- Council Highland
- Parish Duthil And Rothiemurchus
- Former Region Highland
- Former District Badenoch And Strathspey
- Former County Inverness-shire
NH91NW 4 94715 19635
(NH 9473 1963) Tom Bigla (NAT)
Bigla Cummings Castle (NR) (Remains of)
OS 6" map, Inverness-shire, 2nd ed., (1903).
Location formerly entered as NH 9473 1963.
The remains of 'an ancient stronghold' called Tom Pitlac (the hill of Bigla or Matilda), an oblong plateau bounded on one side by the Spey, and on the other three by a moat 8ft deep; on the plateau are the grass-covered foundation lines of a building about 70ft long. The name is associated with Bigla (Matilda) Cumin, daughter of Gilbert Cumin, Lord of Glenchearnach in the early 15th century; and the heroine of a number of local legends.
A Mitchell and J Drummond 1875.
Known locally as Tom Pitlac. The earthwork consists of a V-shaped ditch (not a moat) of clean-cut profile, and is probably medieval. At the E end of the enclosed area there is a near rectangular depression measuring about 8m E-W by 7m transversly, possibly the site of a building (? tower), but probing for signs of walling was inconclusive. It is possible that this is a motte.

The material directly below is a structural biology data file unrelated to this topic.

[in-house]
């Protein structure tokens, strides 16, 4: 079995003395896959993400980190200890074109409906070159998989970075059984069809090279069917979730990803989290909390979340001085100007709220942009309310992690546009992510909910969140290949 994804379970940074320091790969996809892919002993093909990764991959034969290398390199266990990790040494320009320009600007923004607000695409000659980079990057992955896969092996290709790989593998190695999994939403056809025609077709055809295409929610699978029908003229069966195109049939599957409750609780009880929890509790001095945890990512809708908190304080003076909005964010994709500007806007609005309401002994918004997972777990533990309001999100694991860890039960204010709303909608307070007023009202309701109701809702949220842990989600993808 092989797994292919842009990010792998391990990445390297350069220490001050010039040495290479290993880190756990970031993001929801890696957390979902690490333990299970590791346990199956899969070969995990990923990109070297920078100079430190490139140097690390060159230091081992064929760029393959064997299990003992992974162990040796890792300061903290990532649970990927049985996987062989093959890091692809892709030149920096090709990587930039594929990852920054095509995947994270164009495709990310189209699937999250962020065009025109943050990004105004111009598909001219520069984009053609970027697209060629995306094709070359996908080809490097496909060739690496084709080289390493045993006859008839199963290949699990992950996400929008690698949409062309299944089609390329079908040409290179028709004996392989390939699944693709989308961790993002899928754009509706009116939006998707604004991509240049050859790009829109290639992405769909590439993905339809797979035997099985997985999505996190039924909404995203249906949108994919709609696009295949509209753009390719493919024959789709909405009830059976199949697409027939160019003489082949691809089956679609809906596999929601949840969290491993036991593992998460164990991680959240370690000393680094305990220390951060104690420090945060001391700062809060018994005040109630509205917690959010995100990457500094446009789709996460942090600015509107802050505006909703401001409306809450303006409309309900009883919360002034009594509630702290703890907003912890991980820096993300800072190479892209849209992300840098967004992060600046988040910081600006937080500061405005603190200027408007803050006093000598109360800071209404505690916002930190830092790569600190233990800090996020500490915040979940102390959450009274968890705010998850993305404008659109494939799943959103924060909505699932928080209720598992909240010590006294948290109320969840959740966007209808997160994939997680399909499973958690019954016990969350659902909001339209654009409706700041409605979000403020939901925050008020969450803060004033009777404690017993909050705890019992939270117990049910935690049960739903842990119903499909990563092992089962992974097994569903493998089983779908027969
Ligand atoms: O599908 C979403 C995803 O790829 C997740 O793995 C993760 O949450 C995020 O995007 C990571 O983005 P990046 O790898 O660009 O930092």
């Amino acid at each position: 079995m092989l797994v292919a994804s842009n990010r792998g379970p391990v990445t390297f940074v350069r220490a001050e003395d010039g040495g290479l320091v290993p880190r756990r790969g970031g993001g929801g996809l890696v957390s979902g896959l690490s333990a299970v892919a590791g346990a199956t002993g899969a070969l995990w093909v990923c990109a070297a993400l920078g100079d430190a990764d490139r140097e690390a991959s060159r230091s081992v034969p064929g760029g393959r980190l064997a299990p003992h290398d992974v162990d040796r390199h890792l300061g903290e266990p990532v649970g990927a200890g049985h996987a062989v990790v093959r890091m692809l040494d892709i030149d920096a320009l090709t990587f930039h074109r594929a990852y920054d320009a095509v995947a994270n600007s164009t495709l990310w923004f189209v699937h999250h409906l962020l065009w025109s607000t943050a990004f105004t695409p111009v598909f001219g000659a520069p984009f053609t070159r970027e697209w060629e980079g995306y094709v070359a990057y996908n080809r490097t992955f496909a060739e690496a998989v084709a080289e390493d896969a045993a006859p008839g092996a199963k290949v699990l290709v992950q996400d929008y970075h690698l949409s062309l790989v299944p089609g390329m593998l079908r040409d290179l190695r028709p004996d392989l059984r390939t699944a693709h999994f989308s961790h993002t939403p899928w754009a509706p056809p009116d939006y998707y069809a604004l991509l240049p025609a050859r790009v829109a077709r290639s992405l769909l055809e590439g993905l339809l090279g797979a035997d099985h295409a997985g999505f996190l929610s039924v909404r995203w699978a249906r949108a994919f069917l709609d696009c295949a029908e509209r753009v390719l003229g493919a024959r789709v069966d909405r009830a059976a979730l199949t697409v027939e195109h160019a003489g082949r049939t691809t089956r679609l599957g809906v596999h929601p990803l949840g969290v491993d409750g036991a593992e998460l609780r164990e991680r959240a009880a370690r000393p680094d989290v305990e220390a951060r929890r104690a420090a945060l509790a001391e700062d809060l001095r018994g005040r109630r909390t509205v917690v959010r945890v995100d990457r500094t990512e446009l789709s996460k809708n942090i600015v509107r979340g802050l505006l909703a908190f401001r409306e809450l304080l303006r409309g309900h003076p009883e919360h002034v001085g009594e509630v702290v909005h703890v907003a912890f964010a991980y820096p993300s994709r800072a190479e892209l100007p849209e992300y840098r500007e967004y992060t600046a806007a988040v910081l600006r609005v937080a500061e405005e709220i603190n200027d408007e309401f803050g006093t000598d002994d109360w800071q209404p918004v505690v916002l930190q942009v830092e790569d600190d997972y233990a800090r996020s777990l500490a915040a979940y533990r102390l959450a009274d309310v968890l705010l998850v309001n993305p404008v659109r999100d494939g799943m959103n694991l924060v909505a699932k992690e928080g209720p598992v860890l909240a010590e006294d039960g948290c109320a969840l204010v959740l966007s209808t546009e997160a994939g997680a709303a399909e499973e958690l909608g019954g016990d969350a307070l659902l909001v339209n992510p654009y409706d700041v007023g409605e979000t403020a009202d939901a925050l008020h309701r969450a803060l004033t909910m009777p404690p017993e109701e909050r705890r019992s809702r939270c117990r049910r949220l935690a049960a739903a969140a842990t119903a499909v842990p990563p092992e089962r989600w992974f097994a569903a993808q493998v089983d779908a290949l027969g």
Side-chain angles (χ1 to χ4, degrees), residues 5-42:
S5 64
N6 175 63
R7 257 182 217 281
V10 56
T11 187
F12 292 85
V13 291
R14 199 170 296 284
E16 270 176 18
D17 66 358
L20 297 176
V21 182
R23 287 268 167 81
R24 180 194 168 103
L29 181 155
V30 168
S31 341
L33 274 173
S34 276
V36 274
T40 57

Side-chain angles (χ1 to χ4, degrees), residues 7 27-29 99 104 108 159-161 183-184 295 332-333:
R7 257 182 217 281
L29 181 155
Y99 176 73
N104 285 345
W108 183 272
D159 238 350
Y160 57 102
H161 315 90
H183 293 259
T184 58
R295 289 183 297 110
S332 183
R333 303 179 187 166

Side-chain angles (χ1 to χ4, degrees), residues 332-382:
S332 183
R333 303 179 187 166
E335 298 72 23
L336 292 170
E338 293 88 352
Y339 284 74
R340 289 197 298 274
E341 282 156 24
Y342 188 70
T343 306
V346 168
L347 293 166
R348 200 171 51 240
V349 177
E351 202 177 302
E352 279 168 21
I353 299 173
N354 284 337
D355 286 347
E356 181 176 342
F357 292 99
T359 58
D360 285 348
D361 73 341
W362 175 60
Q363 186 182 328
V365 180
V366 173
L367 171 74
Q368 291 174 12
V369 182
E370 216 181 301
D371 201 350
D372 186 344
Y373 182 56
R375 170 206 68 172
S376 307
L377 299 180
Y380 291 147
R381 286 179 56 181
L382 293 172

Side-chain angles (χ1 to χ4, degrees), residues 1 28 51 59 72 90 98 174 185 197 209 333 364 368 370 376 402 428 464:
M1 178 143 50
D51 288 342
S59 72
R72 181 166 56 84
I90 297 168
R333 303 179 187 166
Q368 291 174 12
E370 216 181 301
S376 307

Surveyed at 1/2500
Visited by OS (R L) 8 November 1966.
Scheduled as motte.
Information from Historic Scotland, scheduling document dated 17 August 2000.
Field Visit (25 September 1943)
This site was included within the RCAHMS Emergency Survey (1942-3), an unpublished rescue project. Site descriptions, organised by county, vary from short notes to lengthy and full descriptions and are available to view online with contemporary sketches and photographs. The original typescripts, manuscripts, notebooks and photographs can also be consulted in the RCAHMS Search Room.
Information from RCAHMS (GFG) 10 December 2014.
Field Visit (1996 - 2003)
Russell Coleman managed an Historic Scotland funded project to record medieval moated sites in Scotland. Gazetteers were produced for each regional council area between 1996 and 2002 with an uncompleted overall review in 2002-03. The results of the first year of the project were published in Tayside and Fife Archaeological Journal, Volume 3 (1997).